After-Action Report

Whenever we finish a project, we wonder if we took the right path. We’re happy with the petite 3D HTPC’s results, but the rig could be improved. I’ve bagged on Atom- and Fusion-based parts for weak performance, but one thing those lighter-weight chips give you is lower temperatures. I thought the 35-watt Core i3 would run cool, and thus I got a bit greedy in my quest to use only one fan. While I didn’t have problems with the Core i3-2100T / LC12 combination, it does run a bit warm. I tuned the fan speeds to balance acoustics and thermals, but in the end I decided to let it run warm. Intel processors throttle if they overheat, and during testing ours never throttled. Still, I’m not totally satisfied with the temps, and I’m thinking that I should have gone with another option I had considered: Antec’s ISK 300-150, which features an 8cm fan but is slightly bulkier and uses a PSU with a fan.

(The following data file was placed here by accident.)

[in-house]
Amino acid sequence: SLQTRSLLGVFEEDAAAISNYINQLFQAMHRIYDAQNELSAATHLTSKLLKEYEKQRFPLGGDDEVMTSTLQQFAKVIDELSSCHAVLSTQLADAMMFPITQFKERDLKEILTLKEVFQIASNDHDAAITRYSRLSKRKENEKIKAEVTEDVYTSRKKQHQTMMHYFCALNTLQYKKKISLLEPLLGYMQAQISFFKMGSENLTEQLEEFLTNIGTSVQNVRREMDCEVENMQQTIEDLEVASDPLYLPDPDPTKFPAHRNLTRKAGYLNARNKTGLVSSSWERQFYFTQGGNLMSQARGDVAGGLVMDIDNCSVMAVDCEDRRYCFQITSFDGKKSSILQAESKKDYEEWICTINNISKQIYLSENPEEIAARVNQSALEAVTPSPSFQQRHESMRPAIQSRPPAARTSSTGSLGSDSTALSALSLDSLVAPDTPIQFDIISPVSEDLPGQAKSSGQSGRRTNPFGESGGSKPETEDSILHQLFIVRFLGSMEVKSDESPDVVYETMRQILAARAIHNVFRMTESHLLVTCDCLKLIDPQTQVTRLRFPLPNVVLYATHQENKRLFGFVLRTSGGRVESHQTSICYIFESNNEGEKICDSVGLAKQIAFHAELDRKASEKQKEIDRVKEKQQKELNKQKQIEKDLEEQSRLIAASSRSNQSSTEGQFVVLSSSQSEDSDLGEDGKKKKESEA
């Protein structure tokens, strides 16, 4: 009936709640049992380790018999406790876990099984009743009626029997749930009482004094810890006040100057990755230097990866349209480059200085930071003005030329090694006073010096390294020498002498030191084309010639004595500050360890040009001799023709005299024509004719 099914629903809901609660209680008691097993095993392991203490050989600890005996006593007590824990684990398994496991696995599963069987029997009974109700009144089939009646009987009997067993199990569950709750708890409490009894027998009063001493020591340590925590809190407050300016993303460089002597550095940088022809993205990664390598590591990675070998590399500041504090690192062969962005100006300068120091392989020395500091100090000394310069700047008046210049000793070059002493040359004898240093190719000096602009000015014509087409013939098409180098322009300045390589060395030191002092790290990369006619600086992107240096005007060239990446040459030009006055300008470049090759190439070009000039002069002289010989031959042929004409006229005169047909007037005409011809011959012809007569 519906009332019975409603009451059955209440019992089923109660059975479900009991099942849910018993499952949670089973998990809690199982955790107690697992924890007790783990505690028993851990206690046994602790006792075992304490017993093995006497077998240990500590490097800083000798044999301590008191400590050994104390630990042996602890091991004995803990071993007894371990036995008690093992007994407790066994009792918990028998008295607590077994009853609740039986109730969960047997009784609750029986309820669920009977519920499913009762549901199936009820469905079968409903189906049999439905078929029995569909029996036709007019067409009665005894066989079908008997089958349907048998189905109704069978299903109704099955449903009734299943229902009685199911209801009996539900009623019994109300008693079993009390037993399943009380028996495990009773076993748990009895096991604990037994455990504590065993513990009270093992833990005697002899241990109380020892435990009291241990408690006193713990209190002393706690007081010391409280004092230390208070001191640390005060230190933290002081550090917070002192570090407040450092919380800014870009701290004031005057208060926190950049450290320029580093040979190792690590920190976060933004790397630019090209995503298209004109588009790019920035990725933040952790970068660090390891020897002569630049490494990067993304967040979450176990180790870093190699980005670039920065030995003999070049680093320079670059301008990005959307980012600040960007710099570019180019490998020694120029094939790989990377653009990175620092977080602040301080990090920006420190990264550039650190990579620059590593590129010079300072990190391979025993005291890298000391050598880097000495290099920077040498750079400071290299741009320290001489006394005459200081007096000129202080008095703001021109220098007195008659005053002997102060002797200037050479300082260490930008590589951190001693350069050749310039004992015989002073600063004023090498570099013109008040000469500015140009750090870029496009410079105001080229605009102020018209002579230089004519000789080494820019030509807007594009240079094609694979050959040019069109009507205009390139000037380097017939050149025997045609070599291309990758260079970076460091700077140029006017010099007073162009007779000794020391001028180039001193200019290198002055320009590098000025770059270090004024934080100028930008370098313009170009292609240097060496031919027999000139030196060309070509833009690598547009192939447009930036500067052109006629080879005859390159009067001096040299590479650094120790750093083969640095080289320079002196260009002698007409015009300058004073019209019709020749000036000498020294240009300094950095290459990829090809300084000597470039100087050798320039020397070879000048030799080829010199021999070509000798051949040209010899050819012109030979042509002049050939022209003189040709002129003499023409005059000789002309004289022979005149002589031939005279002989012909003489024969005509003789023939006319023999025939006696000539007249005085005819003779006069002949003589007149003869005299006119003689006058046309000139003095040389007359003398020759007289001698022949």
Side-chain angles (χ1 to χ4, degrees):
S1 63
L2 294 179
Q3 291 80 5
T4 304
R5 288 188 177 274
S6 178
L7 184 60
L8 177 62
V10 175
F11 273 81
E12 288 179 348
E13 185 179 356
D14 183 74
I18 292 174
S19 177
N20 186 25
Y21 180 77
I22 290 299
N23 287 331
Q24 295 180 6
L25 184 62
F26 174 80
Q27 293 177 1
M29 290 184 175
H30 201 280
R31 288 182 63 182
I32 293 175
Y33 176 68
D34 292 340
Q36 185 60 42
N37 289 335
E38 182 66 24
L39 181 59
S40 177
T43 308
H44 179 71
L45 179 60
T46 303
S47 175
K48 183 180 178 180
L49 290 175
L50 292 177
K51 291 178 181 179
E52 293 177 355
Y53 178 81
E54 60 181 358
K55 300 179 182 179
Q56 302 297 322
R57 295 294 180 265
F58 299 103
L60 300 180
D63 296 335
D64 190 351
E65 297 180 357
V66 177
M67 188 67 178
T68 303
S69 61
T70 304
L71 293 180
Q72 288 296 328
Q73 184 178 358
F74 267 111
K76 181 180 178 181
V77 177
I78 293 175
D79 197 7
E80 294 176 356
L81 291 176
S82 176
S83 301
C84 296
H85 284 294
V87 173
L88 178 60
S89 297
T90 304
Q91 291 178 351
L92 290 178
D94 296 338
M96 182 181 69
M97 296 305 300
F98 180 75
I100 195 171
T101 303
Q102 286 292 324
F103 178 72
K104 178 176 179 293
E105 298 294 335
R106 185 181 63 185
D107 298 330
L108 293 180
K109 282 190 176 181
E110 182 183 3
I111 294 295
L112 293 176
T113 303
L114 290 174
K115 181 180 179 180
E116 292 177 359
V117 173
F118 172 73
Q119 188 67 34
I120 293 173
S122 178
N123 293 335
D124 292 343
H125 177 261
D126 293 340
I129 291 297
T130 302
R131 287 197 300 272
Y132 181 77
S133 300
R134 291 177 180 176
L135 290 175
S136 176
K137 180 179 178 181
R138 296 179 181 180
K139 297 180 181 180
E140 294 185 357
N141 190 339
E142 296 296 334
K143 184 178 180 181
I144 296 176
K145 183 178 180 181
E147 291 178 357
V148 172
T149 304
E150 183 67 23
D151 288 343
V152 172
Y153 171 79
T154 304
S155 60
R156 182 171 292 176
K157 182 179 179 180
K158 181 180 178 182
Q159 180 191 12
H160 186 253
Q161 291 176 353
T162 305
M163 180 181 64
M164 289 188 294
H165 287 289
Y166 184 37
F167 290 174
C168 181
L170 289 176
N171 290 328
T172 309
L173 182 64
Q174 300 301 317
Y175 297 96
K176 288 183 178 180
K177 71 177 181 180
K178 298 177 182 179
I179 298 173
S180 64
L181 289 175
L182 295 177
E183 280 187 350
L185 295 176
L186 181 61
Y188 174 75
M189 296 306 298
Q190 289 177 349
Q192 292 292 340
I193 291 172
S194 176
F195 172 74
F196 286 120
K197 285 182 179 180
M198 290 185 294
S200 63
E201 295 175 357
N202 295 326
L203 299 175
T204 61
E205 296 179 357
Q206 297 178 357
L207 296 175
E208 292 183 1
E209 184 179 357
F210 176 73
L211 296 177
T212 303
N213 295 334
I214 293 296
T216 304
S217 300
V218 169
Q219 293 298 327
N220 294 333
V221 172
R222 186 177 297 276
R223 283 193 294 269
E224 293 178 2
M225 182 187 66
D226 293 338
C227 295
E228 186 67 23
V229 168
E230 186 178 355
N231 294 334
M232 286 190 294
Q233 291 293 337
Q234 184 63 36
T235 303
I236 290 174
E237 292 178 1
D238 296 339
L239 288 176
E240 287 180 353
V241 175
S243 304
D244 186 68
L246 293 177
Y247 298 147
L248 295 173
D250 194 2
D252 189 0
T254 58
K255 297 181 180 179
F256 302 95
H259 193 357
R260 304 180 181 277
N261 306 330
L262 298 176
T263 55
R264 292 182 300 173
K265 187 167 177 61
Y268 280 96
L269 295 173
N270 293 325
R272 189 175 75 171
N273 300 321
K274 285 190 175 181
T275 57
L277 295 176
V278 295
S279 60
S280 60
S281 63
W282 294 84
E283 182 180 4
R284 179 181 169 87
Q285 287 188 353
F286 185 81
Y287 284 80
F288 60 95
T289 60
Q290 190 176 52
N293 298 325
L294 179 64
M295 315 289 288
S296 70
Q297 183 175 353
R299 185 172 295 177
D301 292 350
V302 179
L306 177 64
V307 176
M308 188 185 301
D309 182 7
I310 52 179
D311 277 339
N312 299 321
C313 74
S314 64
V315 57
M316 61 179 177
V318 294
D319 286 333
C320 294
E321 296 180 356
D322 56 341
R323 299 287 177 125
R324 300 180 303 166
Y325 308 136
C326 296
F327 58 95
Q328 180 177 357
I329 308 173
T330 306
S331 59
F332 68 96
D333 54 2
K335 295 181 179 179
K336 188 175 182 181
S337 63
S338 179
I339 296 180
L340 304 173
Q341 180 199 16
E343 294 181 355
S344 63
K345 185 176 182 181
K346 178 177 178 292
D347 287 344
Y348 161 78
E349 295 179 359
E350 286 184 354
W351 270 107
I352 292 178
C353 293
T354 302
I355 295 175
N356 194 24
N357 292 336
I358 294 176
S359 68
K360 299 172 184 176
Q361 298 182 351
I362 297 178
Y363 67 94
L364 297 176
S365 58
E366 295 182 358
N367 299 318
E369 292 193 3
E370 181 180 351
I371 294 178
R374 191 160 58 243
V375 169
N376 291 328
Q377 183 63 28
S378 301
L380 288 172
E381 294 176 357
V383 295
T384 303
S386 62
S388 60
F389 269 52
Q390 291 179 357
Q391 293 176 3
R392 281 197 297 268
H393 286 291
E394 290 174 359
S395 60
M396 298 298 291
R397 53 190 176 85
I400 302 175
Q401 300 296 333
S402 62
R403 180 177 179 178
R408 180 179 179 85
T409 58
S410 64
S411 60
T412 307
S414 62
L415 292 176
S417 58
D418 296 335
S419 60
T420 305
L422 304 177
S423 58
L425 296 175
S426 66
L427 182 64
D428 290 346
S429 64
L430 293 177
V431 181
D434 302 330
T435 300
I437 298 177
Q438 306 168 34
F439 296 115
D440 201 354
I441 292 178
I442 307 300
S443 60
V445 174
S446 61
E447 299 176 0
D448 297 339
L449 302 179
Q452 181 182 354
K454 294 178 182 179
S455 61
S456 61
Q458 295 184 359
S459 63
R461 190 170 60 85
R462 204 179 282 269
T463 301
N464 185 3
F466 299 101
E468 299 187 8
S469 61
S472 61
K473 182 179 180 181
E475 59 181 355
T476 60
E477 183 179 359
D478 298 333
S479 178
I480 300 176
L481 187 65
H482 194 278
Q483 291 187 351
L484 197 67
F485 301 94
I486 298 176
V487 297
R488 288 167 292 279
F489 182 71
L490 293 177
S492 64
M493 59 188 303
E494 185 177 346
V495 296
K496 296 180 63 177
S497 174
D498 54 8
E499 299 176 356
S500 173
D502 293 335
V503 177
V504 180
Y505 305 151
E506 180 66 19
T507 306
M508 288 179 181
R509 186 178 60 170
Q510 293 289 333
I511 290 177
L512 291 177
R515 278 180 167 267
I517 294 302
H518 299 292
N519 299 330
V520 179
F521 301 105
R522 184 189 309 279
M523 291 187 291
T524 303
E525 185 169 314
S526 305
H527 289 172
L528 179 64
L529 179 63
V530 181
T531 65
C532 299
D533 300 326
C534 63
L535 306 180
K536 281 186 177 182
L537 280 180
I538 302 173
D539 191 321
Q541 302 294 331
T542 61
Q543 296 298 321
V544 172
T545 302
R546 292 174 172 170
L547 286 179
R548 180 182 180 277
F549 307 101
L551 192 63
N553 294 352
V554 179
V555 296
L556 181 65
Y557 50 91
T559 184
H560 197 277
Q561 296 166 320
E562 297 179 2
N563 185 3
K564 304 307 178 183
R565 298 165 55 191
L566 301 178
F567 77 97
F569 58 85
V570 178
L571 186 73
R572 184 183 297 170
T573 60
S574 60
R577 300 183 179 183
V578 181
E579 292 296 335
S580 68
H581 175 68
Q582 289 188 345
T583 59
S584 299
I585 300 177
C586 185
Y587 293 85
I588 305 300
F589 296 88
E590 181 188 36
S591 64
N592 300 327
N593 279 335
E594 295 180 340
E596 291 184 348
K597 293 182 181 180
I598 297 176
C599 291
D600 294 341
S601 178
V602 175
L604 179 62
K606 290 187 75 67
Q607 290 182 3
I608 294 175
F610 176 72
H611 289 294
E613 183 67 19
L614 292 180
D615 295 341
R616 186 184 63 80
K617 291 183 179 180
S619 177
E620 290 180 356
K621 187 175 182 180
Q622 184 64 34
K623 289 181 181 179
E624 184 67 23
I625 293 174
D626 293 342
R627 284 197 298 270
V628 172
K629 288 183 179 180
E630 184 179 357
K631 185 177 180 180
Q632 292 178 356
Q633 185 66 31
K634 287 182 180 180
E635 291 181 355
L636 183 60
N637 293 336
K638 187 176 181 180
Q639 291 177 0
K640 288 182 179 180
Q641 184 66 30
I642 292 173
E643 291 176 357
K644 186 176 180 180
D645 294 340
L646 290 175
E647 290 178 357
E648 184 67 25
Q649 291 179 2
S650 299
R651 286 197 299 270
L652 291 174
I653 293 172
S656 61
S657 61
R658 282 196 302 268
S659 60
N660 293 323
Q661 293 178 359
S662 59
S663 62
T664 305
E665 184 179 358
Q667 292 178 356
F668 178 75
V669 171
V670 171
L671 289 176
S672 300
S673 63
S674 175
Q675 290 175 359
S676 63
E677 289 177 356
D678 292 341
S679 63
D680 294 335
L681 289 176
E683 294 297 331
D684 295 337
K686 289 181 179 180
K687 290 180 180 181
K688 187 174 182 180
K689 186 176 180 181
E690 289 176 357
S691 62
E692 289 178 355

Petite HTPC
Minix 890GX-USB3
MSI E350IA-E45
CPU 2.5GHz Core i3-2100T 2.6GHz Phenom II X4 910e 1.6GHz E350
GPU Integrated Intel Integrated Radeon HD 4290 Integrated Radeon HD 6310
Premiere Pro CS3 (sec)
MainConcept (sec)
3DMark 2003 7,940
Quake III (fps)
223 284
Quake 4 (fps)
37 43


Dell Inspiron Zino
Polywell Giada Ion-100
Asrock Vision 3D
1.5GHz Athlon X2 3250e
1.3GHz Atom 330
2.4GHz Core i3-370M
Integrated Radeon HD 3200
Integrated Nvidia Ion
GeForce GT 425M
Premiere Pro CS3 (sec)
MainConcept (sec)
3DMark 2003 2,540
Quake III (fps)
192 118
Quake 4 (fps)
29 112

All tests were run on Windows 7.